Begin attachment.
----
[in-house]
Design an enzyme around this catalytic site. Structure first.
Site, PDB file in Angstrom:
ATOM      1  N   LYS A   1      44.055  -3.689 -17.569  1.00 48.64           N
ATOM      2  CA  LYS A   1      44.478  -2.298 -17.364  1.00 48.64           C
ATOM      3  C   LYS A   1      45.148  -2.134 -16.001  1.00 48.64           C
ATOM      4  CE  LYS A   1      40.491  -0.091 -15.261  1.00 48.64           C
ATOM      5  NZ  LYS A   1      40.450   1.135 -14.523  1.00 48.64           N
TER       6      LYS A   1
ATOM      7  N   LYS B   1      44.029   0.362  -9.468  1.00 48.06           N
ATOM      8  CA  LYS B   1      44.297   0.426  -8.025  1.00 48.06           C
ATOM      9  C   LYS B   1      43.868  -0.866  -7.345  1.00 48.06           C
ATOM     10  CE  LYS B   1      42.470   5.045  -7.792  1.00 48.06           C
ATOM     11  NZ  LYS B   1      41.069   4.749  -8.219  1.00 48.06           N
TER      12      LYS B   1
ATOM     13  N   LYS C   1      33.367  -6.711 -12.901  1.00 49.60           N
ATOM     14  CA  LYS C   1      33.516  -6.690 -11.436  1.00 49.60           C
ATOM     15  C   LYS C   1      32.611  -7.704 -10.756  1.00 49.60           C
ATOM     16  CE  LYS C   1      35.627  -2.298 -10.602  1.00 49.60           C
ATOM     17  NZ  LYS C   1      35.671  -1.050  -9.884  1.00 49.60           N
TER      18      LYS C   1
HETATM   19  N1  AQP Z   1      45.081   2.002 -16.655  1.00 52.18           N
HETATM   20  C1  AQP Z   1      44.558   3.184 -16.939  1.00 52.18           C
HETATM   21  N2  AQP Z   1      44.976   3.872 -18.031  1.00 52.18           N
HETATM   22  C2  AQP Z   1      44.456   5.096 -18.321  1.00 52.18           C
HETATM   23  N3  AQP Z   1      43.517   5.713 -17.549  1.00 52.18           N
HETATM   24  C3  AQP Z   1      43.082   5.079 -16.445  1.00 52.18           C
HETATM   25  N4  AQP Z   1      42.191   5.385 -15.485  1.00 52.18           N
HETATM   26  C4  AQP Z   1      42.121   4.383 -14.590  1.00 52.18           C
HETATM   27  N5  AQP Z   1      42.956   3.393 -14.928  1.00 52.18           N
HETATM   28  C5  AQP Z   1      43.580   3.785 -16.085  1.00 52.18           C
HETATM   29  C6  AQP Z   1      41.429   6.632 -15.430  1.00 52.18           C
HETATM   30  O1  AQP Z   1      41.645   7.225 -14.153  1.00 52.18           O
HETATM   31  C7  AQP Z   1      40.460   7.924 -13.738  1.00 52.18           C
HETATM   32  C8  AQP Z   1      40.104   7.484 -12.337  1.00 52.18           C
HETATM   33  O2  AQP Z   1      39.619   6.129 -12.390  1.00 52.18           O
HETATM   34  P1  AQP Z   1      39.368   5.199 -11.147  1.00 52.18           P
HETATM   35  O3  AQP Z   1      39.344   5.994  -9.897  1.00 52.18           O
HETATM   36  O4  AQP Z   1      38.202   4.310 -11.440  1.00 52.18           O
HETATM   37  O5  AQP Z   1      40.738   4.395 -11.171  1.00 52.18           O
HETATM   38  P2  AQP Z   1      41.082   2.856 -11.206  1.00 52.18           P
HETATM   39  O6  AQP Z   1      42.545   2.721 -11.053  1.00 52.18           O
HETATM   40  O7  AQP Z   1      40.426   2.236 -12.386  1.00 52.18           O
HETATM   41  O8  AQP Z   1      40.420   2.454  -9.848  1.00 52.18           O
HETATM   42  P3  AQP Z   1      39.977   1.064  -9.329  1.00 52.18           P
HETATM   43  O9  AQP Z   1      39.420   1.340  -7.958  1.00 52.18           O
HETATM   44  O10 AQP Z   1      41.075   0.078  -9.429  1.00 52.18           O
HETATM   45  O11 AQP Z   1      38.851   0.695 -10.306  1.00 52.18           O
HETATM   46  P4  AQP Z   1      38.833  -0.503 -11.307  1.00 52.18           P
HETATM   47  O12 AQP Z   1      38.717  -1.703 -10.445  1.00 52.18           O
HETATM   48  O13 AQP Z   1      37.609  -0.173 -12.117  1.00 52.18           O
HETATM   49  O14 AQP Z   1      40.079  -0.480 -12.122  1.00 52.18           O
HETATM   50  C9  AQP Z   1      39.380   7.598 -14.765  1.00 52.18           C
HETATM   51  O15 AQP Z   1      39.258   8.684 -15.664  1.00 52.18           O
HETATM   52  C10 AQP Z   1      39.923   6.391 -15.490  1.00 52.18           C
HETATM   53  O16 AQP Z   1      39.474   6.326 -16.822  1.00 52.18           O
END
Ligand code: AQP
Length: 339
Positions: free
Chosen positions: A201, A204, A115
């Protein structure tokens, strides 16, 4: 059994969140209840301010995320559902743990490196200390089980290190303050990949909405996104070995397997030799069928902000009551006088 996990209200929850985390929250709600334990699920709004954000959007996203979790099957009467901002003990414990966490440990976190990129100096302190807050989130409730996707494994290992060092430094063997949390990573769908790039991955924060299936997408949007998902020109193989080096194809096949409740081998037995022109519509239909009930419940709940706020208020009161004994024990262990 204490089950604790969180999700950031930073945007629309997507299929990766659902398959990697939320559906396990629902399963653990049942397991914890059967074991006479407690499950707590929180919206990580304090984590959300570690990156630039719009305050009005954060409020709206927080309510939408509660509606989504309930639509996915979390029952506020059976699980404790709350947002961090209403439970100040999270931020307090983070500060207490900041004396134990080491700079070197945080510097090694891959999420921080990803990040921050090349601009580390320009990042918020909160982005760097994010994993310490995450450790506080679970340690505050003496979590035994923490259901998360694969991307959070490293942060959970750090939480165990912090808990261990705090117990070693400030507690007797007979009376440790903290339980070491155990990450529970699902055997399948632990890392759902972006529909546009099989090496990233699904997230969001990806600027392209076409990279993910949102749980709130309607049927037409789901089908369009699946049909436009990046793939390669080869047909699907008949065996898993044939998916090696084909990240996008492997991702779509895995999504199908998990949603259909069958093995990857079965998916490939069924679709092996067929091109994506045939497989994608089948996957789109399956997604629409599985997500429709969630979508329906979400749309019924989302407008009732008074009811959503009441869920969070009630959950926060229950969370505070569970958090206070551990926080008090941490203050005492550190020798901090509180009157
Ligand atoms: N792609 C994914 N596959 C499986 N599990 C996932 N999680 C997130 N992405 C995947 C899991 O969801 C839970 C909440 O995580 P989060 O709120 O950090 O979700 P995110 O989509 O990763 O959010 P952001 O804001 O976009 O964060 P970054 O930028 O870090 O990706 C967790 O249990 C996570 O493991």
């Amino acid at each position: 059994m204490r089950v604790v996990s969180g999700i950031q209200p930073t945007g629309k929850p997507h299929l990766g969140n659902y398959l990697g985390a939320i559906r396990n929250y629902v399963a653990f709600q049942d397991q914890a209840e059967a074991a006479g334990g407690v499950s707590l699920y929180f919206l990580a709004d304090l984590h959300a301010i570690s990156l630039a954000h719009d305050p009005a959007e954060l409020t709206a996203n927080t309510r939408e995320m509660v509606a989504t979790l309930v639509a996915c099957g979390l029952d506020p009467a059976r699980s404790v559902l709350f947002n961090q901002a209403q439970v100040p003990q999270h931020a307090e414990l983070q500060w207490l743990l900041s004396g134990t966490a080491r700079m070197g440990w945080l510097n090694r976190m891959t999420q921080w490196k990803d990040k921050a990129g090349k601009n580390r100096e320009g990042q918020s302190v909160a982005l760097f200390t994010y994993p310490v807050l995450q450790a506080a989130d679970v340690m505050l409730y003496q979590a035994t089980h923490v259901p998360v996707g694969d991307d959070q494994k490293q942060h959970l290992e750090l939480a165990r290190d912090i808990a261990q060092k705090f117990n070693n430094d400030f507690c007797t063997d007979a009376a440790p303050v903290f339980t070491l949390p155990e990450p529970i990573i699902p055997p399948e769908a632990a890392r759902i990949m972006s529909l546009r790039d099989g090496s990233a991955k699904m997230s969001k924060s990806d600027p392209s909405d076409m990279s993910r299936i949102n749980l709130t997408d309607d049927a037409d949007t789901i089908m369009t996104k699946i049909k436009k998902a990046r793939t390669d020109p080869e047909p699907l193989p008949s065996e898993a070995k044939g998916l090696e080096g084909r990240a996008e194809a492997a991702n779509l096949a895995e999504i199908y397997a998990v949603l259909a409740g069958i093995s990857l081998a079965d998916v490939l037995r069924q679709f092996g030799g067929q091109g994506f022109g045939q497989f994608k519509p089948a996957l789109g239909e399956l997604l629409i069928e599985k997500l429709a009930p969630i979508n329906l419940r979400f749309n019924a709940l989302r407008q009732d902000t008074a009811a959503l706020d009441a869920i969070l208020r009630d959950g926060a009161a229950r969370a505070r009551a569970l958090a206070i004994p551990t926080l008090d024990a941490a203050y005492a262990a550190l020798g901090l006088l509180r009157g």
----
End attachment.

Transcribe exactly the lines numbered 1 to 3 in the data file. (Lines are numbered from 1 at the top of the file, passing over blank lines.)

[in-house]
Design an enzyme around this catalytic site. Structure first.
Site, PDB file in Angstrom: